Southwest, as Kelleher envisioned it, and then managed it for two decades, was an exemplar of behaviors that both Fink and US senator Elizabeth Warren advocate. Kelleher designed a business model that placed both employees (profit sharing, respect, dignity) and customers (low fares, clean planes, no stupid fees) at the center of the company’s purpose. Shareholders were not the organizing principle, yet the early investors who stuck around were handsomely rewarded; Southwest, with its labor-friendly practices, is the most financially successful US airline in history. With a 45-year track record, we see a company that has been run exceptionally well over the long term, with the kind of long-term focus Blackrock commends.
Southwest is a case example for Fink’s call for a long-term plan—and illustrates well his statement that profits are in no way inconsistent with purpose, and that in fact, profits and purpose are inextricably linked.
By all accounts, Kelleher was the real deal, and Southwest is the proverbial business case for professors testing whether high-road employment practices can earn a decent, or even superior, ROI. The qualities we admire most about Southwest also produce the financial performance that matters most: consistent profits and cash flow over the long haul.
Purpose lives in the decisions, operational protocols, and investments made each day. We know the good actors. They are the ones who pay it forward rather than dodge taxes, who avoid externalizing costs on to suppliers, and who treat employees as an investment rather than a cost. In recent weeks, Steven Pearlstein of The Washington Post and David Brooks of The New York Times (and of the Aspen Institute) have illuminated some of these business practices as questions of morality. They remind us that the language of purpose matters—but that behavior matters most.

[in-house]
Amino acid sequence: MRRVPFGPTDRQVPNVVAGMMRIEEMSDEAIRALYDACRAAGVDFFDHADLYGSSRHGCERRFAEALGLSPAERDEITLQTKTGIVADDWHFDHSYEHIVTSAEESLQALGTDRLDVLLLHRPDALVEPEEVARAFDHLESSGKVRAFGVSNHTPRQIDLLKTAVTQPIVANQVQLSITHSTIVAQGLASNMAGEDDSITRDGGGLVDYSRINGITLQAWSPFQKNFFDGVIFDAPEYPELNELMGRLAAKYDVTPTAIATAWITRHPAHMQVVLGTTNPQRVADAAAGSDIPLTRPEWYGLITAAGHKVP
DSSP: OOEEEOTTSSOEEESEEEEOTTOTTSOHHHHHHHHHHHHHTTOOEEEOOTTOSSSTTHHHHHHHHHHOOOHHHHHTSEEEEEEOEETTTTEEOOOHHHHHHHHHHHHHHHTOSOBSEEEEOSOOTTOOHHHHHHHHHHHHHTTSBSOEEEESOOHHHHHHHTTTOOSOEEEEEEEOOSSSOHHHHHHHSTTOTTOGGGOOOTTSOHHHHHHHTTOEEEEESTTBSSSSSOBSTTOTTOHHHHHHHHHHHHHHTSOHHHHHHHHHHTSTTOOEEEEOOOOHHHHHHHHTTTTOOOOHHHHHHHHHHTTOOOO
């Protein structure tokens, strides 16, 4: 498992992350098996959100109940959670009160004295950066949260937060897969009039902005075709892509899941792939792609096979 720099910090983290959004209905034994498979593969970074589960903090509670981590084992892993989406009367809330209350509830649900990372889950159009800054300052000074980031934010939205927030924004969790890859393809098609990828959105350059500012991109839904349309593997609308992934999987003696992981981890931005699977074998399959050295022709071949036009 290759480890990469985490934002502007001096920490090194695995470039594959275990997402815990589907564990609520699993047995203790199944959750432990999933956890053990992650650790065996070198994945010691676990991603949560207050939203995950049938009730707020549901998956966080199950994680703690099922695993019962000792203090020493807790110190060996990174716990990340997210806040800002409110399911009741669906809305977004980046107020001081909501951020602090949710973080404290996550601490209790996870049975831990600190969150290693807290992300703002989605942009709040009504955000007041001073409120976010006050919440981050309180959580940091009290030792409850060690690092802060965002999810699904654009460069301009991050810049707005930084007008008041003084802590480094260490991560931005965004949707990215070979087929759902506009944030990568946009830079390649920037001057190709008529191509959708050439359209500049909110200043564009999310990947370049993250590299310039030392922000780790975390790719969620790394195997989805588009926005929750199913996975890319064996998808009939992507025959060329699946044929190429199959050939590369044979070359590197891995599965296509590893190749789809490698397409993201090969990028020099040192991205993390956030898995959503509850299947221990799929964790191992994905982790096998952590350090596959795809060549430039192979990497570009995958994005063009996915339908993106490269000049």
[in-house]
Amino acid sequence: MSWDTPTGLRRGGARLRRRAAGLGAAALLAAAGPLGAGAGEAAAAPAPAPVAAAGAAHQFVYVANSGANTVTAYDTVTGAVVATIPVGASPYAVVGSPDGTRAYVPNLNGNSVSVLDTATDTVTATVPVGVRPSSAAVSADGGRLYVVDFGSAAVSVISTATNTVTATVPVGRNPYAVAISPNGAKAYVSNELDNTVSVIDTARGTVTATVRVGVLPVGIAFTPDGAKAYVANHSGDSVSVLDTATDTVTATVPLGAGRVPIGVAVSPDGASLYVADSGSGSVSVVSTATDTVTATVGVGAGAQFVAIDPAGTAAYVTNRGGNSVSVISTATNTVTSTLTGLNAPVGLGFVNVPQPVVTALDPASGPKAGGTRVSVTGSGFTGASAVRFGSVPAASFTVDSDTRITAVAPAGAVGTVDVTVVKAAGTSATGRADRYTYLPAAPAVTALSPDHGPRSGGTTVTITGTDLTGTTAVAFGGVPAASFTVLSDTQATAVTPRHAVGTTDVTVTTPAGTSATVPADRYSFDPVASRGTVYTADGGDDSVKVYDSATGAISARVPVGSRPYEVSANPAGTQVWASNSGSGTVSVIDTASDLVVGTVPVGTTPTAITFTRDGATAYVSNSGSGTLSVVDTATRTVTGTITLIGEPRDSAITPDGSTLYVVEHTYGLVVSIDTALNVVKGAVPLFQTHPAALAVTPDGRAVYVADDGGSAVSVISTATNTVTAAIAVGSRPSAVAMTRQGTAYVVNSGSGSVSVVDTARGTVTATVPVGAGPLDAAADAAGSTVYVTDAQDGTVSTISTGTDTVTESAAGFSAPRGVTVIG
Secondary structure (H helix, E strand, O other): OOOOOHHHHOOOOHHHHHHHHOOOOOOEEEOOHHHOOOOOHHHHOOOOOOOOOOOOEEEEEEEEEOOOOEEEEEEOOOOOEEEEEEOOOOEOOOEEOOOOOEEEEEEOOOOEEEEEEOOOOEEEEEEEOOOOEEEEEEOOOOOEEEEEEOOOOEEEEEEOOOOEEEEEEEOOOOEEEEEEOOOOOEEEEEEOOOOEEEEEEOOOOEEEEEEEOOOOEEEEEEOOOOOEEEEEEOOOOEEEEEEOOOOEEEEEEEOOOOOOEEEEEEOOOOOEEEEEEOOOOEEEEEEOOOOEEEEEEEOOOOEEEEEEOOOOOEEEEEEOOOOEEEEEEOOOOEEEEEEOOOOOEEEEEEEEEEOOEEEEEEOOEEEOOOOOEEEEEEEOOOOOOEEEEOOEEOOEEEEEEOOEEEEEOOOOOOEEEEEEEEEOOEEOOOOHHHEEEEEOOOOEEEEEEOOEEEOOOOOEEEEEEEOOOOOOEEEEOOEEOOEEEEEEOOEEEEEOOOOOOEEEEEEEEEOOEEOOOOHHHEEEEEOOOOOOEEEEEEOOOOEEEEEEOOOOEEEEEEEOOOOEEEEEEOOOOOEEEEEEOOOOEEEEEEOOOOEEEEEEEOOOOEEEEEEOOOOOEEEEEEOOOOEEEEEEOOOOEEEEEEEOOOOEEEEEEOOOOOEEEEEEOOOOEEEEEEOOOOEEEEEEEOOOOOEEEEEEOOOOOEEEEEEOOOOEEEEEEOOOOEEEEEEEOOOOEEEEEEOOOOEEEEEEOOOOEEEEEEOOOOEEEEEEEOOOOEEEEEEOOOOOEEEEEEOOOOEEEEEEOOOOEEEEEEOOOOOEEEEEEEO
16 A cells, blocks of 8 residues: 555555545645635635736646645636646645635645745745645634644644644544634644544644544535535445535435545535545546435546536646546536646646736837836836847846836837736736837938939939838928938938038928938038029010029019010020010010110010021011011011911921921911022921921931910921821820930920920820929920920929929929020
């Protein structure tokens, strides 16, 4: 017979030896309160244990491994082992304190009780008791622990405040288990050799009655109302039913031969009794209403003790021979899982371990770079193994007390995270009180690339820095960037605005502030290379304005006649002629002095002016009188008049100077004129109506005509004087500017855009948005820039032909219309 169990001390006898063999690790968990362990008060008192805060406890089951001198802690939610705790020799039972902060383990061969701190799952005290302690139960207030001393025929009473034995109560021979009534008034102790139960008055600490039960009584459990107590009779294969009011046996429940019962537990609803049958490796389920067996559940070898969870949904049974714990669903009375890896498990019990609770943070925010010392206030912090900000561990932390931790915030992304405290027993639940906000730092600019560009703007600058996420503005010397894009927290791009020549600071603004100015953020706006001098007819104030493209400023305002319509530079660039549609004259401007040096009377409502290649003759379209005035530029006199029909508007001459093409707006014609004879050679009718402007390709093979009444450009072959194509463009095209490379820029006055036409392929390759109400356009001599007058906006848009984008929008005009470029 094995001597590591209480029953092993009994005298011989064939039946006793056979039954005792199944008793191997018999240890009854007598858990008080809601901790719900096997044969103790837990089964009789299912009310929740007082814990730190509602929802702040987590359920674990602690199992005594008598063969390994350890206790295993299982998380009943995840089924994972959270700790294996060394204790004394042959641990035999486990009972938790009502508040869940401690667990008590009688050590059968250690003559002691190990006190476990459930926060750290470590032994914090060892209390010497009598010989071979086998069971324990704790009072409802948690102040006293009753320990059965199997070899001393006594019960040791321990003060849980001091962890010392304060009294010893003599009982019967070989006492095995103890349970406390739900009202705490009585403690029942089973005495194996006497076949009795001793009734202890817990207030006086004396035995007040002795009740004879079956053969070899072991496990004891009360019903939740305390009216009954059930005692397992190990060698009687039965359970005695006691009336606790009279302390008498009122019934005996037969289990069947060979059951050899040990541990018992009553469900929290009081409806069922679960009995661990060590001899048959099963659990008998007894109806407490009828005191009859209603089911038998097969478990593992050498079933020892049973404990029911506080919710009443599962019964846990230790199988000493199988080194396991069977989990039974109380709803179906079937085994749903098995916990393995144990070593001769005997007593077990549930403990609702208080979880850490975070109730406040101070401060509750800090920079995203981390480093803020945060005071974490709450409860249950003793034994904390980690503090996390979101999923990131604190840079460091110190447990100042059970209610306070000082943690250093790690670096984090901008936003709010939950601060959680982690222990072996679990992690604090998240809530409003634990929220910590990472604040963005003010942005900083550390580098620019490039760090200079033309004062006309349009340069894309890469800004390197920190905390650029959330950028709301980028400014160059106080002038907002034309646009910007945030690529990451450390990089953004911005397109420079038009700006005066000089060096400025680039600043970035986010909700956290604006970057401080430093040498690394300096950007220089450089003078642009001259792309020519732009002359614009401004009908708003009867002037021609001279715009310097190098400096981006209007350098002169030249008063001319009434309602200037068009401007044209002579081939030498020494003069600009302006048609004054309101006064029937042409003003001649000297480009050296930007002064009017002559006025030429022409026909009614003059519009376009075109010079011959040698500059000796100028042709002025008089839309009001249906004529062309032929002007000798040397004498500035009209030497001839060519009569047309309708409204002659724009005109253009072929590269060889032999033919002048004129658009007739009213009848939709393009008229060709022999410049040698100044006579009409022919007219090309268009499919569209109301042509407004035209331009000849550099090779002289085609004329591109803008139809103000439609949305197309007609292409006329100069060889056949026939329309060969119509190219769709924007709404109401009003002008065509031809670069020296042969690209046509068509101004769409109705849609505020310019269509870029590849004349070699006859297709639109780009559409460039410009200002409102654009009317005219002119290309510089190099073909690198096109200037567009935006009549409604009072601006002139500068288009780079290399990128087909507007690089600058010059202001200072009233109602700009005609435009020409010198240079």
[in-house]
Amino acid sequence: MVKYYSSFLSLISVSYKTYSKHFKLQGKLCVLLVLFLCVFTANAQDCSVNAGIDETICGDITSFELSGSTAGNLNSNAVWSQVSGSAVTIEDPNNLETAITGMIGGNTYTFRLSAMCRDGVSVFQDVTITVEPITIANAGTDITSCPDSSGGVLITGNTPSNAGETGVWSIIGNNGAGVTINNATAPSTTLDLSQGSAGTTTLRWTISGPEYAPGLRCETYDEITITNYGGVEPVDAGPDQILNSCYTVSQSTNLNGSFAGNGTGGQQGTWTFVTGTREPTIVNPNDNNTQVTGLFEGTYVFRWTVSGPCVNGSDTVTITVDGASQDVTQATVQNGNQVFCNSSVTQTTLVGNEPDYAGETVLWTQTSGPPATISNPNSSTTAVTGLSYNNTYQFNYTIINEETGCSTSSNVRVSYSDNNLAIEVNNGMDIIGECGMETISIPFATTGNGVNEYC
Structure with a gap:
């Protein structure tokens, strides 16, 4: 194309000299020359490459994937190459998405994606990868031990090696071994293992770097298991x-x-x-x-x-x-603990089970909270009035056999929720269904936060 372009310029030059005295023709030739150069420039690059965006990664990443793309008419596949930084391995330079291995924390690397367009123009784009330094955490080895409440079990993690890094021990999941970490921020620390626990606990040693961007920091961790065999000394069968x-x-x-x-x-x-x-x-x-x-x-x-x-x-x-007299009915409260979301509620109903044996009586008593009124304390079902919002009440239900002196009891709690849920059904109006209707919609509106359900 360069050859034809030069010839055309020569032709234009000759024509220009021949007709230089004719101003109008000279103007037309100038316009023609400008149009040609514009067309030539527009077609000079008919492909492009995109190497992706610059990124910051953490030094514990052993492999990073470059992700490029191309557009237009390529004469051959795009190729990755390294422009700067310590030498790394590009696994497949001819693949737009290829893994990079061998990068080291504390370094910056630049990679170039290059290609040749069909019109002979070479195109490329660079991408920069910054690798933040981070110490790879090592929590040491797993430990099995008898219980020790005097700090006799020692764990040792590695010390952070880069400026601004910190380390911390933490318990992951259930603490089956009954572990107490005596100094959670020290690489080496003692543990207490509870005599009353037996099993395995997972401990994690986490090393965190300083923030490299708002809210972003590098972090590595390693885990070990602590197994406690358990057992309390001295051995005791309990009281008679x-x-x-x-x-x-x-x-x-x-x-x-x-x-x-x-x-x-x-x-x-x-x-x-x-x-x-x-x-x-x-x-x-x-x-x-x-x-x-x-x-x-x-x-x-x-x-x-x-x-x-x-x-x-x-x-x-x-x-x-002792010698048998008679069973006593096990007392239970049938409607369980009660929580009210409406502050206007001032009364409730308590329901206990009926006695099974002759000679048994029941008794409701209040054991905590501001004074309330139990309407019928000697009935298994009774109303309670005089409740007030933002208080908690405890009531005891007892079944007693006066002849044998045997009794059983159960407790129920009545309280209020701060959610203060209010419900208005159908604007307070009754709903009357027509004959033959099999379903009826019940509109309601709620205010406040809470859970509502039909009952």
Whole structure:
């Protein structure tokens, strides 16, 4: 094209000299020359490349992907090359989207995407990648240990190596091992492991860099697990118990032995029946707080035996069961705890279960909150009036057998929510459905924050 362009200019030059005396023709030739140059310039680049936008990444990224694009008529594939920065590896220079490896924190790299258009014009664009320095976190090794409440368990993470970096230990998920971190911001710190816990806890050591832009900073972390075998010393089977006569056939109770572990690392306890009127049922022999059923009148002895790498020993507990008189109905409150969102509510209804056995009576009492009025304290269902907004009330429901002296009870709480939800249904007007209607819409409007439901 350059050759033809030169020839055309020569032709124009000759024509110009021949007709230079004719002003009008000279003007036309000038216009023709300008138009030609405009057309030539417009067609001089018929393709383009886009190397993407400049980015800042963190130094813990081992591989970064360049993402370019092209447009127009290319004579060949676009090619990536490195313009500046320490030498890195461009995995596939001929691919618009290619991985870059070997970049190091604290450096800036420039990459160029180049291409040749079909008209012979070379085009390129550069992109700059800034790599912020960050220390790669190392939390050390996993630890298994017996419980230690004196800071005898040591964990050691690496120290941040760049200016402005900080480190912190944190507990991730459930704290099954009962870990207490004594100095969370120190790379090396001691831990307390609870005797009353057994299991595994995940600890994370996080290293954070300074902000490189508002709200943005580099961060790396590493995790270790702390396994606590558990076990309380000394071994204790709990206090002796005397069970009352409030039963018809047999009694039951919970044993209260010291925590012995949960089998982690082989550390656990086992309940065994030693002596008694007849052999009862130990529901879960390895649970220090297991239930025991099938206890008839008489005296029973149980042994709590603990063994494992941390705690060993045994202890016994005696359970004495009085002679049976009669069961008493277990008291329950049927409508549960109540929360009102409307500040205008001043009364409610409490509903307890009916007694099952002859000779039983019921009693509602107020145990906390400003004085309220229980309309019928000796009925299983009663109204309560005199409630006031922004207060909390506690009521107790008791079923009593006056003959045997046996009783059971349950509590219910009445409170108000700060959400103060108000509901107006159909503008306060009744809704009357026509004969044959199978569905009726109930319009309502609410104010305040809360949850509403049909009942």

A corporate purpose develops meaning when backed up by useful measures of corporate health—like employee engagement and consumer loyalty—but especially by business priorities, be it investing in a profit-sharing plan like Delta’s, or achieving internal pay equity like Salesforce has committed to, or structuring jobs and securing contractors that offer sufficient financial security to pay the rent and save something for the future.
Public companies under shareholder pressure have a particular challenge, which brings us back to Fink’s (and Blackrock’s) promise in his letter a year ago, to back up companies that articulate their public purpose and then live by it—i.e. with clear focus on the employees, as well as protocols for contract labor, the environment, and the communities that make it possible for business to thrive.
As our business leaders descend on Davos, it’s useful to remember that “purpose,” like sustainability or corporate responsibility, is not an end state. The best leaders are on a journey—one that is not always clearly marked but is seen in the kind of questions they ask, how they spend their time, and the beliefs that guide their decisions and investments. Kelleher wasn’t trying to save the world, but he conducted his business with a simple purpose—to make flying affordable for the masses and fun for the crew. In doing so, he transformed an industry and the lives of his customers and his employees.